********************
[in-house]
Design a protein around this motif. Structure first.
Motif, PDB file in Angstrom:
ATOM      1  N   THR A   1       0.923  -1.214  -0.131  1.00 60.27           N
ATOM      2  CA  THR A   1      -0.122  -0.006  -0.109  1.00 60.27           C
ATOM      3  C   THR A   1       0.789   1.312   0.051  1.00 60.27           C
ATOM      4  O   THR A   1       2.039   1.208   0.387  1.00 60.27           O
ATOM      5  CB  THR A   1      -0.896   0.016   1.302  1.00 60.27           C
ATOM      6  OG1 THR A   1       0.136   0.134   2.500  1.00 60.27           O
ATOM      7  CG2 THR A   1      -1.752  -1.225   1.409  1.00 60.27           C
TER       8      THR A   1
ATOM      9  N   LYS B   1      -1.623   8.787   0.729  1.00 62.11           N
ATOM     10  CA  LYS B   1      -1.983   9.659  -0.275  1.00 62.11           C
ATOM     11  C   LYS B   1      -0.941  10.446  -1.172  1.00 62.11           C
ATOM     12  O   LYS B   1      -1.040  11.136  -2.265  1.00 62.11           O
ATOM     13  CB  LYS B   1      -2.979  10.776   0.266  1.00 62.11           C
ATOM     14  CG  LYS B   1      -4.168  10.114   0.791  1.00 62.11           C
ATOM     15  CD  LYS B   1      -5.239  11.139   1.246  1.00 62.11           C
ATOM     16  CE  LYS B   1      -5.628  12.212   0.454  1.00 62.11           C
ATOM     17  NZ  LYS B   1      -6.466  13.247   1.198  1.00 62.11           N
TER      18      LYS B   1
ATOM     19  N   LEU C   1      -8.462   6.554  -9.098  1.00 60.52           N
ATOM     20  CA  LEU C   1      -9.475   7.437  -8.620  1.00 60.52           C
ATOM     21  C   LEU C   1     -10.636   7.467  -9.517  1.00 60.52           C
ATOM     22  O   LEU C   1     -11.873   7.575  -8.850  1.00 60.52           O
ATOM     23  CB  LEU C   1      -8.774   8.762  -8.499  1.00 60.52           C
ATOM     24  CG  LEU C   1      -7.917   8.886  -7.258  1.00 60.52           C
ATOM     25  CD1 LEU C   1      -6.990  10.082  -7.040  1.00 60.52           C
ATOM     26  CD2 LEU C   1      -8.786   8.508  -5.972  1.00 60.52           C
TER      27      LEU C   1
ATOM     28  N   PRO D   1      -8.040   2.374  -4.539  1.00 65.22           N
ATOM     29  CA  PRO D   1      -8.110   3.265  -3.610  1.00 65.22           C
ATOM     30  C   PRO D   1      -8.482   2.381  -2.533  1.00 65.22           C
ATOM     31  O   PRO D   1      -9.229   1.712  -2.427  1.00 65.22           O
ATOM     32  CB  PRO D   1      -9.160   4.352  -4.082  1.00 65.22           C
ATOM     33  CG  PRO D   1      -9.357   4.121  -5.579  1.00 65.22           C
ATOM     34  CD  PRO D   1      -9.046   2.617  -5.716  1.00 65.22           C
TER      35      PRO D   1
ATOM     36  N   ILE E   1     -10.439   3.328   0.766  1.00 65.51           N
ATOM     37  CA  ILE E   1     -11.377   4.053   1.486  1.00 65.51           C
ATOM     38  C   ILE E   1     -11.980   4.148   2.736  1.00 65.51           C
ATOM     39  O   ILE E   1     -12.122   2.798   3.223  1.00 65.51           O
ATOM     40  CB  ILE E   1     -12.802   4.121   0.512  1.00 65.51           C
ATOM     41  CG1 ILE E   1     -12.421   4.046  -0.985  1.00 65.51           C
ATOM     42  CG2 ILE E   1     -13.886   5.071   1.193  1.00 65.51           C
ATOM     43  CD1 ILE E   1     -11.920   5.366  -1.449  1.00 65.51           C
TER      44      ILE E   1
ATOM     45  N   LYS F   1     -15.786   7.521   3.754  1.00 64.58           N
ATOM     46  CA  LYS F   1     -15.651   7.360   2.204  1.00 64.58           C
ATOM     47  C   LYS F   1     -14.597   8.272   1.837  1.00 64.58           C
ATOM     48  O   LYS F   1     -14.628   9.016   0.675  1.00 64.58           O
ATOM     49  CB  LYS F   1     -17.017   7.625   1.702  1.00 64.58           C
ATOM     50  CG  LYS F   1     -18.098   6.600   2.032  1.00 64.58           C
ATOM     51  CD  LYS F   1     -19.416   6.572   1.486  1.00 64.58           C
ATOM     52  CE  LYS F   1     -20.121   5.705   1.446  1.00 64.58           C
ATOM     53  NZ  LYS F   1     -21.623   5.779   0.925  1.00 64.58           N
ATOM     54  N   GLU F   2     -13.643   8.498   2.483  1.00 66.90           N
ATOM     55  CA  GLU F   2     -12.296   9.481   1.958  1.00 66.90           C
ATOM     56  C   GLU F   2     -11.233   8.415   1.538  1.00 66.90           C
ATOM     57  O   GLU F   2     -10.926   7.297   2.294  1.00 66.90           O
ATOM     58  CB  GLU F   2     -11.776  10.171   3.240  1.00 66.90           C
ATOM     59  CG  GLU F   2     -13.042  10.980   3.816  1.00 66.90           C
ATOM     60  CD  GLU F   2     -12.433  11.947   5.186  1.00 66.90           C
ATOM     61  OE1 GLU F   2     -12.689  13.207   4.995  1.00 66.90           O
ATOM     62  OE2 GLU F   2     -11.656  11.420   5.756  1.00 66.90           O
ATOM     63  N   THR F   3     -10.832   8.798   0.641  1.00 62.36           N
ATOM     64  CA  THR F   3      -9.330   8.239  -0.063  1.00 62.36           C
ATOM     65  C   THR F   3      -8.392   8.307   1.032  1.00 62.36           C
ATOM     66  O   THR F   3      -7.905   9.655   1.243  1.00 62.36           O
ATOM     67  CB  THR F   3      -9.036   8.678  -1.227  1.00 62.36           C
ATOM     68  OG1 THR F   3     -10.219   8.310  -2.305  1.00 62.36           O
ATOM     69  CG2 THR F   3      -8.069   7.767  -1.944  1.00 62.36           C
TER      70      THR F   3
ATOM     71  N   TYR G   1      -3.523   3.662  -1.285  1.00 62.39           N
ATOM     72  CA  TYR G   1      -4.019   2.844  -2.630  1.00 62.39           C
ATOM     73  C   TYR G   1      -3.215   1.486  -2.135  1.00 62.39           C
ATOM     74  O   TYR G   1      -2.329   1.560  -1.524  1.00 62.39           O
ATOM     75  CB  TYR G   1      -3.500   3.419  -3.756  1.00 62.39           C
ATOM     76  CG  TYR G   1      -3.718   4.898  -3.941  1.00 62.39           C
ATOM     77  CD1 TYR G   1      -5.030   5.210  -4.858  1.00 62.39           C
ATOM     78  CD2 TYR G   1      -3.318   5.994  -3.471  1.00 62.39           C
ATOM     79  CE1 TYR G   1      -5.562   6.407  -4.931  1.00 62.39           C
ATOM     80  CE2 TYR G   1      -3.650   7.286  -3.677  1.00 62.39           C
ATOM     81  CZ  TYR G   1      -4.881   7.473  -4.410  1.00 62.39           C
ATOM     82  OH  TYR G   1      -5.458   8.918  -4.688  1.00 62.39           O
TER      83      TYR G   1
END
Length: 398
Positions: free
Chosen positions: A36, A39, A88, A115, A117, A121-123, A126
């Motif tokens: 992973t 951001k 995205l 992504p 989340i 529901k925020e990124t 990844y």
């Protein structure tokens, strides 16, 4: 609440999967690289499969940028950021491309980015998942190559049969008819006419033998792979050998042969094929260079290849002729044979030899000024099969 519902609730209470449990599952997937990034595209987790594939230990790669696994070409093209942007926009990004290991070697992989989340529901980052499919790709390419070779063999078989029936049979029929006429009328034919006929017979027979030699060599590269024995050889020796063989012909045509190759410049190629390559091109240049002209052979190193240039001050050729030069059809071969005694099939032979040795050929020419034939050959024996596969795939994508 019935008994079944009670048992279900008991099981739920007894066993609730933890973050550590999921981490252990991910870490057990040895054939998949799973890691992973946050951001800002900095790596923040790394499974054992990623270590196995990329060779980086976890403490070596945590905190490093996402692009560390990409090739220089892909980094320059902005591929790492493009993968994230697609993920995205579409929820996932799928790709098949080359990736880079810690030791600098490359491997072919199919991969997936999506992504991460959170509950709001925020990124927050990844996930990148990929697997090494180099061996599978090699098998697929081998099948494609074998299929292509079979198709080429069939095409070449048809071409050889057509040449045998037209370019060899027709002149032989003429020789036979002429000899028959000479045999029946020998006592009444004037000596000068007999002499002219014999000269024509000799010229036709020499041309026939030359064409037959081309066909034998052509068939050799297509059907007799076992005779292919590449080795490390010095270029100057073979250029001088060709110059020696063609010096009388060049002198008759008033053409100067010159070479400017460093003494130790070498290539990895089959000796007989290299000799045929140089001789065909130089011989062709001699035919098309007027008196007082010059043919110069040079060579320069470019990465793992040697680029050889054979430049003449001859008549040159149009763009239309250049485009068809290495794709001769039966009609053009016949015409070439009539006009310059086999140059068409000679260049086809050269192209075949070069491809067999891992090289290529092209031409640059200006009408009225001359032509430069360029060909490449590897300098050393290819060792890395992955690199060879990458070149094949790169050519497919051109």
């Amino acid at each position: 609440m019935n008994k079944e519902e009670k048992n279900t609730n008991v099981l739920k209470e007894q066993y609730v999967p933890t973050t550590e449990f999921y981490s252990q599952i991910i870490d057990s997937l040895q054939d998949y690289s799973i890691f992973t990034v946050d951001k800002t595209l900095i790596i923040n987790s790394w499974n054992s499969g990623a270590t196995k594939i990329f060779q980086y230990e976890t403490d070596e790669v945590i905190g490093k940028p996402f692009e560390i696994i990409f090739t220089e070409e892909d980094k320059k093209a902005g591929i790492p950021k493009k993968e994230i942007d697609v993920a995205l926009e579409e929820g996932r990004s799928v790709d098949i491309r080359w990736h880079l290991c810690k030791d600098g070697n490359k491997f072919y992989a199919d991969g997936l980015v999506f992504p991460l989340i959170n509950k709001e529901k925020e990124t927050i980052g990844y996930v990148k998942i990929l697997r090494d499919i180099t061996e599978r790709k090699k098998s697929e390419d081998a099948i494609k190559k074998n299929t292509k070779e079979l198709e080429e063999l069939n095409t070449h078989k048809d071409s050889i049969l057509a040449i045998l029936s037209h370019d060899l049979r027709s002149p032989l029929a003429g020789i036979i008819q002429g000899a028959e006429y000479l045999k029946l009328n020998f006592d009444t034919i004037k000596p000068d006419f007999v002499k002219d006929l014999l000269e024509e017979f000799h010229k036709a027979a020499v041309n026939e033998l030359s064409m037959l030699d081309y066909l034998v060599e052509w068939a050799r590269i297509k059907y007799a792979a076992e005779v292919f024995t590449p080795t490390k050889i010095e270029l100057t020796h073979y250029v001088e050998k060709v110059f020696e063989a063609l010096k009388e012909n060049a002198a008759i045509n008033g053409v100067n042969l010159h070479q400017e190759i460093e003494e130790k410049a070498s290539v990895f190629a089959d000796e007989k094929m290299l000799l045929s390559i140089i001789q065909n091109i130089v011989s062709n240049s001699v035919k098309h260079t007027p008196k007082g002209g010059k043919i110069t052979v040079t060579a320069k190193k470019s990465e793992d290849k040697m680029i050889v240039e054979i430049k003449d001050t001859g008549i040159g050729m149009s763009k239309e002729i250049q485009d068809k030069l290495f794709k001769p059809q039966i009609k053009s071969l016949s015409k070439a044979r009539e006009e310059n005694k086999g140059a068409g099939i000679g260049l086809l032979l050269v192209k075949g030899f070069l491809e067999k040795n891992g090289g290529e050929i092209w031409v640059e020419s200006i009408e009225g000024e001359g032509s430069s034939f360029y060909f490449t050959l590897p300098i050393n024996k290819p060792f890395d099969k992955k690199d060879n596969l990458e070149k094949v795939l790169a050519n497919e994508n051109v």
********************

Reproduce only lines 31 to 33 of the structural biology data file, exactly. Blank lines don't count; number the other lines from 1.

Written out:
ATOM     28  N   PRO D   1      -8.040   2.374  -4.539  1.00 65.22           N
ATOM     29  CA  PRO D   1      -8.110   3.265  -3.610  1.00 65.22           C
ATOM     30  C   PRO D   1      -8.482   2.381  -2.533  1.00 65.22           C